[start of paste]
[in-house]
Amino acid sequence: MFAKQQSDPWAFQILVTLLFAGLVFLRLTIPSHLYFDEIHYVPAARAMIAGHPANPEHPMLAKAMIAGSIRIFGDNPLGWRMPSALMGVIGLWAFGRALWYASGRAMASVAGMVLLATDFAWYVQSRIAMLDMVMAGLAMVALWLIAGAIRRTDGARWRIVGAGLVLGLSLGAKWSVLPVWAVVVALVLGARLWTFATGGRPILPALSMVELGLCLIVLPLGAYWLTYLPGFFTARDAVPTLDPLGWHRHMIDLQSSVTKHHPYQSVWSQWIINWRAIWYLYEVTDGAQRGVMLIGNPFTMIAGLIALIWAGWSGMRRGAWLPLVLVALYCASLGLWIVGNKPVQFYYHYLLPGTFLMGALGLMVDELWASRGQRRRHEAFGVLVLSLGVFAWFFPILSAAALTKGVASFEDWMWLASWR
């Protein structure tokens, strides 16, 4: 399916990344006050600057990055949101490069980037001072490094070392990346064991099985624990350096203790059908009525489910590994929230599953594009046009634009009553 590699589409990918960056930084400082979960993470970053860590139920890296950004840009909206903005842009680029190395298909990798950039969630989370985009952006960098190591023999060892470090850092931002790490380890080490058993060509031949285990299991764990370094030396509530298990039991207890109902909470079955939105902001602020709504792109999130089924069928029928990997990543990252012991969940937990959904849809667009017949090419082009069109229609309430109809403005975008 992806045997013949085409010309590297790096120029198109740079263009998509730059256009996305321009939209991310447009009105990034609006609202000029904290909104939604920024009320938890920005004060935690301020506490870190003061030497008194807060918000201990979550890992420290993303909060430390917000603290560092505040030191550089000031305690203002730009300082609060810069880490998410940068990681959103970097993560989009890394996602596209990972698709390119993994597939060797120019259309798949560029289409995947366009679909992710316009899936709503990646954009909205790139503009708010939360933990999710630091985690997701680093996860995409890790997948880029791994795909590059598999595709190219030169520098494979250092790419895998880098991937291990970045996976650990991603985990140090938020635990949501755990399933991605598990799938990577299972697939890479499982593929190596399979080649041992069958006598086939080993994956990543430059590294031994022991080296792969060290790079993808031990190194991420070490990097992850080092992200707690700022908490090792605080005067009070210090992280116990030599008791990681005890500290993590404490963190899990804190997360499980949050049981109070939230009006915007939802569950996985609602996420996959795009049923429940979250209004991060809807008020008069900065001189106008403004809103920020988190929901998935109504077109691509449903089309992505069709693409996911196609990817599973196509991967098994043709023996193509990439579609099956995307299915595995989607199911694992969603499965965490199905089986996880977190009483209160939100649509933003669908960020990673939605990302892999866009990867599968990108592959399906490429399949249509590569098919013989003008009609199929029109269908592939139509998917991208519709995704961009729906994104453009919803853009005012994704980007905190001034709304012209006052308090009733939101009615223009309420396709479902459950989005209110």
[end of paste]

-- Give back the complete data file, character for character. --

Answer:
[in-house]
Amino acid sequence: MFAKQQSDPWAFQILVTLLFAGLVFLRLTIPSHLYFDEIHYVPAARAMIAGHPANPEHPMLAKAMIAGSIRIFGDNPLGWRMPSALMGVIGLWAFGRALWYASGRAMASVAGMVLLATDFAWYVQSRIAMLDMVMAGLAMVALWLIAGAIRRTDGARWRIVGAGLVLGLSLGAKWSVLPVWAVVVALVLGARLWTFATGGRPILPALSMVELGLCLIVLPLGAYWLTYLPGFFTARDAVPTLDPLGWHRHMIDLQSSVTKHHPYQSVWSQWIINWRAIWYLYEVTDGAQRGVMLIGNPFTMIAGLIALIWAGWSGMRRGAWLPLVLVALYCASLGLWIVGNKPVQFYYHYLLPGTFLMGALGLMVDELWASRGQRRRHEAFGVLVLSLGVFAWFFPILSAAALTKGVASFEDWMWLASWR
């Protein structure tokens, strides 16, 4: 399916990344006050600057990055949101490069980037001072490094070392990346064991099985624990350096203790059908009525489910590994929230599953594009046009634009009553 590699589409990918960056930084400082979960993470970053860590139920890296950004840009909206903005842009680029190395298909990798950039969630989370985009952006960098190591023999060892470090850092931002790490380890080490058993060509031949285990299991764990370094030396509530298990039991207890109902909470079955939105902001602020709504792109999130089924069928029928990997990543990252012991969940937990959904849809667009017949090419082009069109229609309430109809403005975008 992806045997013949085409010309590297790096120029198109740079263009998509730059256009996305321009939209991310447009009105990034609006609202000029904290909104939604920024009320938890920005004060935690301020506490870190003061030497008194807060918000201990979550890992420290993303909060430390917000603290560092505040030191550089000031305690203002730009300082609060810069880490998410940068990681959103970097993560989009890394996602596209990972698709390119993994597939060797120019259309798949560029289409995947366009679909992710316009899936709503990646954009909205790139503009708010939360933990999710630091985690997701680093996860995409890790997948880029791994795909590059598999595709190219030169520098494979250092790419895998880098991937291990970045996976650990991603985990140090938020635990949501755990399933991605598990799938990577299972697939890479499982593929190596399979080649041992069958006598086939080993994956990543430059590294031994022991080296792969060290790079993808031990190194991420070490990097992850080092992200707690700022908490090792605080005067009070210090992280116990030599008791990681005890500290993590404490963190899990804190997360499980949050049981109070939230009006915007939802569950996985609602996420996959795009049923429940979250209004991060809807008020008069900065001189106008403004809103920020988190929901998935109504077109691509449903089309992505069709693409996911196609990817599973196509991967098994043709023996193509990439579609099956995307299915595995989607199911694992969603499965965490199905089986996880977190009483209160939100649509933003669908960020990673939605990302892999866009990867599968990108592959399906490429399949249509590569098919013989003008009609199929029109269908592939139509998917991208519709995704961009729906994104453009919803853009005012994704980007905190001034709304012209006052308090009733939101009615223009309420396709479902459950989005209110």